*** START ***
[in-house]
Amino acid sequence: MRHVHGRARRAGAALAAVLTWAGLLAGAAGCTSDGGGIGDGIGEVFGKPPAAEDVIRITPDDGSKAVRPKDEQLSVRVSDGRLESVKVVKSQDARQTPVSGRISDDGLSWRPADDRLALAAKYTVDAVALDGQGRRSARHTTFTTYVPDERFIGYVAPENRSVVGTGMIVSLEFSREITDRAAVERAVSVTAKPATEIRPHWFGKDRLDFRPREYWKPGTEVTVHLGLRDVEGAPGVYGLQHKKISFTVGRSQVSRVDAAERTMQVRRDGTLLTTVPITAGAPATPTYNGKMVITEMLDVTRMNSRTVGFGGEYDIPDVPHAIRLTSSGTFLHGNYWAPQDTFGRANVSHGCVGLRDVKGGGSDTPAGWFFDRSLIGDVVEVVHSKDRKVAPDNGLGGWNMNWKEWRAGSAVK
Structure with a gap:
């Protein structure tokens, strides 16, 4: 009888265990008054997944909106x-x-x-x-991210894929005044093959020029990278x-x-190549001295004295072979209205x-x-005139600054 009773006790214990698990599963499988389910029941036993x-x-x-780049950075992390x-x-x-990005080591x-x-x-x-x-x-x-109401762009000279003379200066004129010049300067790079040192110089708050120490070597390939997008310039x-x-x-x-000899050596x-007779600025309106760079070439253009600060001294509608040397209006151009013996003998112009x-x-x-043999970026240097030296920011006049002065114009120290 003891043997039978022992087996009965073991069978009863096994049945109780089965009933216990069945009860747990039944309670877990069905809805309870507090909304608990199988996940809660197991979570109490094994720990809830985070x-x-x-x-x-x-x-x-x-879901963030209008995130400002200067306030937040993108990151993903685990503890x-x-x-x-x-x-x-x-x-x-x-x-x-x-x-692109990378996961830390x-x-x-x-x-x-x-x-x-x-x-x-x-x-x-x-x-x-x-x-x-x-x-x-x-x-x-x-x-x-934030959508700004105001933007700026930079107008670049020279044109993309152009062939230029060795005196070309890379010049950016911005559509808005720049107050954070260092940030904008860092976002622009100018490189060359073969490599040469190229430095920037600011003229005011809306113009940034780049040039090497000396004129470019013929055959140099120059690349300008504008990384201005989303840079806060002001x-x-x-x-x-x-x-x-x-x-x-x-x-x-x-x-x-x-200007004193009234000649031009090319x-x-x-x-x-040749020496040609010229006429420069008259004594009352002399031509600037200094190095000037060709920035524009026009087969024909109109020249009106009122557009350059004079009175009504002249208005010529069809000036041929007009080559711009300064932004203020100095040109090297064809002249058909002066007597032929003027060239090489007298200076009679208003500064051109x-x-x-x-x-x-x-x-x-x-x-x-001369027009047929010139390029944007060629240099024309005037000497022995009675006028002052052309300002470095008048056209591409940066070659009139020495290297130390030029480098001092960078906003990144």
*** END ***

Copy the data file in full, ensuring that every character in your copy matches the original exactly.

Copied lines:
[in-house]
Amino acid sequence: MRHVHGRARRAGAALAAVLTWAGLLAGAAGCTSDGGGIGDGIGEVFGKPPAAEDVIRITPDDGSKAVRPKDEQLSVRVSDGRLESVKVVKSQDARQTPVSGRISDDGLSWRPADDRLALAAKYTVDAVALDGQGRRSARHTTFTTYVPDERFIGYVAPENRSVVGTGMIVSLEFSREITDRAAVERAVSVTAKPATEIRPHWFGKDRLDFRPREYWKPGTEVTVHLGLRDVEGAPGVYGLQHKKISFTVGRSQVSRVDAAERTMQVRRDGTLLTTVPITAGAPATPTYNGKMVITEMLDVTRMNSRTVGFGGEYDIPDVPHAIRLTSSGTFLHGNYWAPQDTFGRANVSHGCVGLRDVKGGGSDTPAGWFFDRSLIGDVVEVVHSKDRKVAPDNGLGGWNMNWKEWRAGSAVK
Structure with a gap:
């Protein structure tokens, strides 16, 4: 009888265990008054997944909106x-x-x-x-991210894929005044093959020029990278x-x-190549001295004295072979209205x-x-005139600054 009773006790214990698990599963499988389910029941036993x-x-x-780049950075992390x-x-x-990005080591x-x-x-x-x-x-x-109401762009000279003379200066004129010049300067790079040192110089708050120490070597390939997008310039x-x-x-x-000899050596x-007779600025309106760079070439253009600060001294509608040397209006151009013996003998112009x-x-x-043999970026240097030296920011006049002065114009120290 003891043997039978022992087996009965073991069978009863096994049945109780089965009933216990069945009860747990039944309670877990069905809805309870507090909304608990199988996940809660197991979570109490094994720990809830985070x-x-x-x-x-x-x-x-x-879901963030209008995130400002200067306030937040993108990151993903685990503890x-x-x-x-x-x-x-x-x-x-x-x-x-x-x-692109990378996961830390x-x-x-x-x-x-x-x-x-x-x-x-x-x-x-x-x-x-x-x-x-x-x-x-x-x-x-x-x-x-934030959508700004105001933007700026930079107008670049020279044109993309152009062939230029060795005196070309890379010049950016911005559509808005720049107050954070260092940030904008860092976002622009100018490189060359073969490599040469190229430095920037600011003229005011809306113009940034780049040039090497000396004129470019013929055959140099120059690349300008504008990384201005989303840079806060002001x-x-x-x-x-x-x-x-x-x-x-x-x-x-x-x-x-x-200007004193009234000649031009090319x-x-x-x-x-040749020496040609010229006429420069008259004594009352002399031509600037200094190095000037060709920035524009026009087969024909109109020249009106009122557009350059004079009175009504002249208005010529069809000036041929007009080559711009300064932004203020100095040109090297064809002249058909002066007597032929003027060239090489007298200076009679208003500064051109x-x-x-x-x-x-x-x-x-x-x-x-001369027009047929010139390029944007060629240099024309005037000497022995009675006028002052052309300002470095008048056209591409940066070659009139020495290297130390030029480098001092960078906003990144």